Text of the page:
Many conditions and diseases can affect the gastrointestinal tract, such as:
- Rectal cancer
- Colon cancer
- Inflammatory bowel disease (IBD), (includes ulcerative colitis and Crohn's disease)
These conditions may cause chronic pain, as well as other disabling symptoms. When medication, lifestyle changes and other non-surgical treatments cannot relieve symptoms, surgery may be recommended.
During rectal cancer surgery, known as low anterior resection, the surgeon removes the diseased part of the rectum without affecting the anus. The colon is then attached to the remaining part of the rectum. This allows patients to move their bowels in the usual way and avoid colostomy (portion of large intestine brought through the abdomen to carry stool out of the body) bag.
In cases where the cancer is located very low in the rectum and invades the anal muscles, an abdominoperineal resection (commonly called APR) may be required. During an APR, the entire rectum is removed. Unfortunately, this procedure will require a colostomy bag for the patient.
During surgery for colon cancer, diverticulitis or IBD, all or part of the diseased colon is removed during what is called a colectomy, colon resection or hemicolectomy. Surgery on your right colon (ascending) is called a right colectomy; surgery on your left colon (descending) is a left colectomy; and surgery on the sigmoid colon (lower left colon just before the rectum) is called a sigmoid colectomy.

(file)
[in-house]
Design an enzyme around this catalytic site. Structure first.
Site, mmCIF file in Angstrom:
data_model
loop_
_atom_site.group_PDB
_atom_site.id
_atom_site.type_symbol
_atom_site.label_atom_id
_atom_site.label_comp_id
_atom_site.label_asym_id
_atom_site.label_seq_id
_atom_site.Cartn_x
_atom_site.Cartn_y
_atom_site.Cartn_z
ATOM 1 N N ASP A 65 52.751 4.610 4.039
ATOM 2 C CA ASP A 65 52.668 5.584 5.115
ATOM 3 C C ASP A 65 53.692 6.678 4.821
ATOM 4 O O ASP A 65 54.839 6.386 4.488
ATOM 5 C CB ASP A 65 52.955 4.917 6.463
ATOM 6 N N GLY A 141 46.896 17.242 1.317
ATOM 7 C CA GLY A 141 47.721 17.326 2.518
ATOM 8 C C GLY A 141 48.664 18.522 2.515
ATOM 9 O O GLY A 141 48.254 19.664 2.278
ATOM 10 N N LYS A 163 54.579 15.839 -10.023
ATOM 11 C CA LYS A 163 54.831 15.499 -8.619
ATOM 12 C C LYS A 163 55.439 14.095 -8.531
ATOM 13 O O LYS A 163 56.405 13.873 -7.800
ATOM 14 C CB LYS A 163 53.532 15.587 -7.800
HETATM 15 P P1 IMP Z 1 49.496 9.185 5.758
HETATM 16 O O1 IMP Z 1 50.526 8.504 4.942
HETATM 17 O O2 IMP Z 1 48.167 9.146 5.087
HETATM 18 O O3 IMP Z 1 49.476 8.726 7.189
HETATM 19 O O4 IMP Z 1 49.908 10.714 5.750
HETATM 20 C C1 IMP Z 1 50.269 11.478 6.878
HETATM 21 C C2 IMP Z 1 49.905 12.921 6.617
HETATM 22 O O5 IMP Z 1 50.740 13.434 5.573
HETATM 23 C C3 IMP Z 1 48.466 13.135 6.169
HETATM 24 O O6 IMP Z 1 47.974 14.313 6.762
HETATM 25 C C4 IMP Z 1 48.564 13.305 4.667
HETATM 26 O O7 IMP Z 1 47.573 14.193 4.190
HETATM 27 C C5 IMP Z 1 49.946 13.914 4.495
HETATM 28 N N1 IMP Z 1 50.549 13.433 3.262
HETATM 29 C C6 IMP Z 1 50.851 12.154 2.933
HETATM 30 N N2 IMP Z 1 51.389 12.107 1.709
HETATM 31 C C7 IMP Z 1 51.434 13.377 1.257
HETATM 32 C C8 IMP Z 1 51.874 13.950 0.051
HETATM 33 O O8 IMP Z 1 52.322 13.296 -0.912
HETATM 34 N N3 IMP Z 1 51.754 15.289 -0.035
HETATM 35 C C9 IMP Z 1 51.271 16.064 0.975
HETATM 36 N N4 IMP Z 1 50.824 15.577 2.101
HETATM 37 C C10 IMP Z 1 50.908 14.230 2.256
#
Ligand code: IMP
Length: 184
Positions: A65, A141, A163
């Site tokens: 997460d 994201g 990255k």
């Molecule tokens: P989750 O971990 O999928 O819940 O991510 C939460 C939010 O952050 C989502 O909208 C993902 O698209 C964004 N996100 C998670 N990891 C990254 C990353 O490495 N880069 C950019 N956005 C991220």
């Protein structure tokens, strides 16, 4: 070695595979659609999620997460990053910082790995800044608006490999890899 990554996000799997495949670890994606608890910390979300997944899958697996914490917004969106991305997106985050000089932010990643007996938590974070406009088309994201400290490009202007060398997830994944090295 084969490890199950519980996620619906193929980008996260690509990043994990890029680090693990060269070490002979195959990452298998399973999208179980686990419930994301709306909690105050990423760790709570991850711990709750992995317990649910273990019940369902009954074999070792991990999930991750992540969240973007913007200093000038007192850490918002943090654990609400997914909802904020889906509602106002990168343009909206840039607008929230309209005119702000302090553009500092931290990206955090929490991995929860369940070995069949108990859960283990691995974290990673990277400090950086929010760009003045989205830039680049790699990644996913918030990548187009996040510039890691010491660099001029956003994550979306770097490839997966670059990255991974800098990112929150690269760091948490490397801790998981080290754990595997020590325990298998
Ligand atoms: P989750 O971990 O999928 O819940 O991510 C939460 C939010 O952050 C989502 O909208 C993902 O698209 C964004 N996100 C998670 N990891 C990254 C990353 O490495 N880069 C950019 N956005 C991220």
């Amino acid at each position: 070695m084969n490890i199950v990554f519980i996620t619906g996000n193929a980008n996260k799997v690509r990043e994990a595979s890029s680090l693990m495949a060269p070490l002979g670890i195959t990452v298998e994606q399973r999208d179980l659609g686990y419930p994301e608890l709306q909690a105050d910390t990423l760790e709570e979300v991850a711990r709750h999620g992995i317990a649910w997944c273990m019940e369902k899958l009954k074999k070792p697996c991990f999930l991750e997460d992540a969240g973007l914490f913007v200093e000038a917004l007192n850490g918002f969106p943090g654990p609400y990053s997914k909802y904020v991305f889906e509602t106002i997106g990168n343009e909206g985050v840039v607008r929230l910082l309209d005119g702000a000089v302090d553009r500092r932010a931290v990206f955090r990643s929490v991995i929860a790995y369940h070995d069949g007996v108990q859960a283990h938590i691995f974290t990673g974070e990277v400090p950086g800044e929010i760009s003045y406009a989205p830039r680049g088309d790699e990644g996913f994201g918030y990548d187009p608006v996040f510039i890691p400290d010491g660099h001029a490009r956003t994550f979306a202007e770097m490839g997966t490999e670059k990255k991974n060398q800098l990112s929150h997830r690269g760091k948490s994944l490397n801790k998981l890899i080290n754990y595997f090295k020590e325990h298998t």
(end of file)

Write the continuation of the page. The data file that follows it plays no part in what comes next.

Surgery may be performed using open surgery or minimally invasive surgery.
- Open Surgery
- Minimally Invasive Surgery
All surgery presents risk, including da Vinci Surgery. Results, including cosmetic results, may vary. Serious complications may occur in any surgery, up to and including death. Examples of serious and life-threatening complications, which may require hospitalization, include injury to tissues or organs; bleeding; infection, and internal scarring that can cause long-lasting dysfunction or pain. Temporary pain or nerve injury has been linked to the inverted position often used during abdominal and pelvic surgery. Patients should understand that risks of surgery include potential for human error and potential for equipment failure. Risk specific to minimally invasive surgery may include: a longer operative time; the need to convert the procedure to an open approach; or the need for additional or larger incision sites. Converting the procedure to open could mean a longer operative time, long time under anesthesia, and could lead to increased complications. Research suggests that there may be an increased risk of incision-site hernia with single-incision surgery. Patients who bleed easily, have abnormal blood clotting, are pregnant or morbidly obese are typically not candidates for minimally invasive surgery, including da Vinci Surgery. Other surgical approaches are available. Patients should review the risks associated with all surgical approaches. They should talk to their doctors about their surgical experience and to decide if da Vinci is right for them. For more complete information on surgical risks, safety and indications for use, please refer to http://www.davincisurgery.com/da-vinci-surgery/safety-information.php.
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PN 1002271 Rev A 04/2013 U 1-11-11